The continuation of democracy and capitalism “hangs in the balance” if trust in politics is not restored, the House of Commons Leader has argued, as she warned poorer voters feel the system is “rigged against them”.
Penny Mordaunt gave a bleak assessment of public faith in the system in a speech on Tuesday, as she called for greater collective responsibility and better support to MPs amid a perception some are “wrong ‘uns”.
Ms Mordaunt, who ran against Rishi Sunak for the Tory leadership, said “many people think things don’t work any more” while some are “feeling economic shocks for the first time”.
“For those with the least the whole system can seem rigged against them,” she told the Institute for Government think tank’s conference.
Ms Mordaunt said the Prime Minister’s bid to restore trust will only be won “when people feel understood, when they feel the benefits in their wallets”.
“Upon that trust depends more than just happy citizens and an election victory,” she said.
“The very continuation and success of capitalism and democracy also hangs in the balance. If people stop believing these systems work for them then, like Tinkerbell’s light, it dies.”
She acknowledged the need for reform of how the House of Commons functions, saying the pace of change has been “very, very slow”.
“Drama”, she said – the House is currently doing a pilot about extending proxy voting – “to people who are very seriously ill so they don’t have to get an ambulance to come and vote”.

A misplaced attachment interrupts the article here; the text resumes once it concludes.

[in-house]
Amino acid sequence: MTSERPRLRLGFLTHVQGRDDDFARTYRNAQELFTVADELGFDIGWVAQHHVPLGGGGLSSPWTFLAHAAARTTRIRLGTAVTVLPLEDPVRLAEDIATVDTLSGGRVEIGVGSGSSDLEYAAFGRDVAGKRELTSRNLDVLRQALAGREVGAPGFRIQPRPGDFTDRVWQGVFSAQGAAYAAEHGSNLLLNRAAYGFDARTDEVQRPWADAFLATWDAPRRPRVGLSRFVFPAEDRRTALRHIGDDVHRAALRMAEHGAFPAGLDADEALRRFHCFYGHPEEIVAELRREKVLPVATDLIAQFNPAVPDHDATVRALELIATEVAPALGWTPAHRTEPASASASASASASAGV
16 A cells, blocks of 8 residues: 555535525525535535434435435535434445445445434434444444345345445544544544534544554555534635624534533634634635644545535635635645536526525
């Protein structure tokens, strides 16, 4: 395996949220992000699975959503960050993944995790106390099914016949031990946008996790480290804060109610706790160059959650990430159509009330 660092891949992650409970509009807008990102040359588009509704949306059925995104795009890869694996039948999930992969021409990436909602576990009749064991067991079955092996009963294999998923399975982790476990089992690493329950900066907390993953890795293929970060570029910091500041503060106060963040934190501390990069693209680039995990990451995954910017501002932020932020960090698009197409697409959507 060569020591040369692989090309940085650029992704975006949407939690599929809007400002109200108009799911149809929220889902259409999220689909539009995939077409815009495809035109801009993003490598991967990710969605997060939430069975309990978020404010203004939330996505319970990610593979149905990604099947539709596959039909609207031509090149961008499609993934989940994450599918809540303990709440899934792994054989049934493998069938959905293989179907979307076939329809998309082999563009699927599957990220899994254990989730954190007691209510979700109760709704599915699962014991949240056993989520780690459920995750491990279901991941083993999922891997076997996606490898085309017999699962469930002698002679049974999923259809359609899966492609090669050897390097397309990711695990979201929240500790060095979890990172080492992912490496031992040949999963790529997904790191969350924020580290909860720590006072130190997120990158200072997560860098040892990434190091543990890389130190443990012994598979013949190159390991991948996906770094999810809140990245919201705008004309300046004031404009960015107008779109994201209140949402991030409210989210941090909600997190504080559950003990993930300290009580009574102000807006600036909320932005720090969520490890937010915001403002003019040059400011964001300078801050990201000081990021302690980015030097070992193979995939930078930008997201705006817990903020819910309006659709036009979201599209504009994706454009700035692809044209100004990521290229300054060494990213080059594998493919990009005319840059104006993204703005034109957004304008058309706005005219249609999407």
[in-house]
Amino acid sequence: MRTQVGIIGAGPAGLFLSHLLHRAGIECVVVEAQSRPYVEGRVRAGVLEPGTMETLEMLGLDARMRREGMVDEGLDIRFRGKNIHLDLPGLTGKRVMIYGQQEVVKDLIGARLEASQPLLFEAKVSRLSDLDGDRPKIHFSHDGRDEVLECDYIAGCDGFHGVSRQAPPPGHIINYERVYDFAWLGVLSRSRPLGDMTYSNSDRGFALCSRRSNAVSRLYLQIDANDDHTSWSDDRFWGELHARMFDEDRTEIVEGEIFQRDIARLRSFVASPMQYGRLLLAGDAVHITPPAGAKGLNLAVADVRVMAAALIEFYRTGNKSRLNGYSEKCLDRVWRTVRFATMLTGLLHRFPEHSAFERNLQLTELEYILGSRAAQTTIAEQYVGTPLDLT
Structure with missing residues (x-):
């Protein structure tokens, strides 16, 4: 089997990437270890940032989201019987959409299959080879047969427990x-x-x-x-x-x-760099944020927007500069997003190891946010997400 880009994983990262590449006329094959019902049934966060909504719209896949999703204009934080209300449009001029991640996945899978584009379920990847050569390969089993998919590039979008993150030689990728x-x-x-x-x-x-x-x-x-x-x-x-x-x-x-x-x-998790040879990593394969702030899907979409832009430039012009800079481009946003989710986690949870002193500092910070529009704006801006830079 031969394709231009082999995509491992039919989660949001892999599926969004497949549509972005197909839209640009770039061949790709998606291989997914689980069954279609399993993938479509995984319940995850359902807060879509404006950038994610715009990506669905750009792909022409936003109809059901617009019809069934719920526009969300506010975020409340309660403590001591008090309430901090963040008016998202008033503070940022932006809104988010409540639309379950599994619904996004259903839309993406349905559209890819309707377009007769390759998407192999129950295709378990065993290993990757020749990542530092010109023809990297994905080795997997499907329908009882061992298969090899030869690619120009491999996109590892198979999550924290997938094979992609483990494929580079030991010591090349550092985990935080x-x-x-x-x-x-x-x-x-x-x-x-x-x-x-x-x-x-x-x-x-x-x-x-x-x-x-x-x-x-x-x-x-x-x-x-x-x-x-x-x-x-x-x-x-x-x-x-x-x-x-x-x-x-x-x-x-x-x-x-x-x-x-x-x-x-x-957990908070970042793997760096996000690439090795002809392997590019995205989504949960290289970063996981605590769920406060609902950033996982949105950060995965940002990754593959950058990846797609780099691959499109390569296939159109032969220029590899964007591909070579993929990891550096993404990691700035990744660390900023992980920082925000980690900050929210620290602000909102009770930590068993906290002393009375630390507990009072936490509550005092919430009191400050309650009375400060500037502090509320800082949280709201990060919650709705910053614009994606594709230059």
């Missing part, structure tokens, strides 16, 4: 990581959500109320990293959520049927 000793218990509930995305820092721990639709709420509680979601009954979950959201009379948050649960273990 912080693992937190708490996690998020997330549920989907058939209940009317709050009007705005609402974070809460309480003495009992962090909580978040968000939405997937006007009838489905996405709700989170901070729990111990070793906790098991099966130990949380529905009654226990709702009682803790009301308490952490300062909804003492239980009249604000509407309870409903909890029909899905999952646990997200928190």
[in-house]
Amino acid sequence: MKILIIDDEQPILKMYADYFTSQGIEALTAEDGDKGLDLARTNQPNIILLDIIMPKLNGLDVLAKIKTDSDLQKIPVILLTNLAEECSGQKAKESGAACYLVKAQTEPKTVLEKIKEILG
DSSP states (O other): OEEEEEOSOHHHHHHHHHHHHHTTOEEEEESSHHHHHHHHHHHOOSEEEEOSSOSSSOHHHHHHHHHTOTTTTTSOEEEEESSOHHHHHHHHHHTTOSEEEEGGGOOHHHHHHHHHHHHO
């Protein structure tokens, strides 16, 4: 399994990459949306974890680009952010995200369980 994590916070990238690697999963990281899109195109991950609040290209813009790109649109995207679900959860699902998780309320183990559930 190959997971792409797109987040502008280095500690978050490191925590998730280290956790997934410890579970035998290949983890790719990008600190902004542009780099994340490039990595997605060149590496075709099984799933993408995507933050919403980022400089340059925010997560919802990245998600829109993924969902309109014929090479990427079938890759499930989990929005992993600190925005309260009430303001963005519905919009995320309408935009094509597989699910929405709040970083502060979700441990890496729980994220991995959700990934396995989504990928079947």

“If this was a business we would’ve done that in a week, and many months ago,” she said.
Ms Mordaunt suggested considering “all the tools we have” including the coronavirus, remote voting technology to alleviate the need to evacuate Parliament during its restoration.
She stressed the need to be “pragmatic” over the much-needed works and said any closure of the Palace of Westminster could be used to “visit other parts of the country, generate a bit of excitement”.
Discussing ethics and the behaviour of some MPs, she said “there might be a few wrong ‘uns but it’s not the majority”.
She cited colleagues who have suffered with poor mental health, “huge stresses” in their lives, or having been “put in a situation where they have been asked to juggle chainsaws and not had the support”.
“That’s not saying people don’t do bad things and shouldn’t be held to account but I think when you look at these things, and ask why has someone done that, quite often there’s a lot we could do to create a better environment to pre-empt some of these things,” she said.
“I also think there should be much more collective responsibility between the House, the Cabinet Office and political parties.”